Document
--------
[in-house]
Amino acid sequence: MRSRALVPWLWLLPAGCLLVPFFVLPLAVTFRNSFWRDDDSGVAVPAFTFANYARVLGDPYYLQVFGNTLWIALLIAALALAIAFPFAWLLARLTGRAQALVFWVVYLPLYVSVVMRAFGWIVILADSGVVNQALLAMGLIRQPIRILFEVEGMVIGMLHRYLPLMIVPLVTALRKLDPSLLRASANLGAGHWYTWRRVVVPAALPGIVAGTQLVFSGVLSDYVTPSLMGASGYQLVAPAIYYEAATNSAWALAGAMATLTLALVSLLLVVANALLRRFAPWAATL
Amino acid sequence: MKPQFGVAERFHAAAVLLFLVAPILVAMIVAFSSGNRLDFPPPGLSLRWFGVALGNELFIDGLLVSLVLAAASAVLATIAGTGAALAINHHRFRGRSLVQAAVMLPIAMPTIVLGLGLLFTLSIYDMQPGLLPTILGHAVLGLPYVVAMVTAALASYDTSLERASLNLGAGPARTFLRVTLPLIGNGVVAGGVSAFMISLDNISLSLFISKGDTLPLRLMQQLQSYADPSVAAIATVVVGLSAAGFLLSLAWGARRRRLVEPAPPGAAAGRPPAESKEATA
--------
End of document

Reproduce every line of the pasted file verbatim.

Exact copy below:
[in-house]
Amino acid sequence: MRSRALVPWLWLLPAGCLLVPFFVLPLAVTFRNSFWRDDDSGVAVPAFTFANYARVLGDPYYLQVFGNTLWIALLIAALALAIAFPFAWLLARLTGRAQALVFWVVYLPLYVSVVMRAFGWIVILADSGVVNQALLAMGLIRQPIRILFEVEGMVIGMLHRYLPLMIVPLVTALRKLDPSLLRASANLGAGHWYTWRRVVVPAALPGIVAGTQLVFSGVLSDYVTPSLMGASGYQLVAPAIYYEAATNSAWALAGAMATLTLALVSLLLVVANALLRRFAPWAATL
Amino acid sequence: MKPQFGVAERFHAAAVLLFLVAPILVAMIVAFSSGNRLDFPPPGLSLRWFGVALGNELFIDGLLVSLVLAAASAVLATIAGTGAALAINHHRFRGRSLVQAAVMLPIAMPTIVLGLGLLFTLSIYDMQPGLLPTILGHAVLGLPYVVAMVTAALASYDTSLERASLNLGAGPARTFLRVTLPLIGNGVVAGGVSAFMISLDNISLSLFISKGDTLPLRLMQQLQSYADPSVAAIATVVVGLSAAGFLLSLAWGARRRRLVEPAPPGAAAGRPPAESKEATA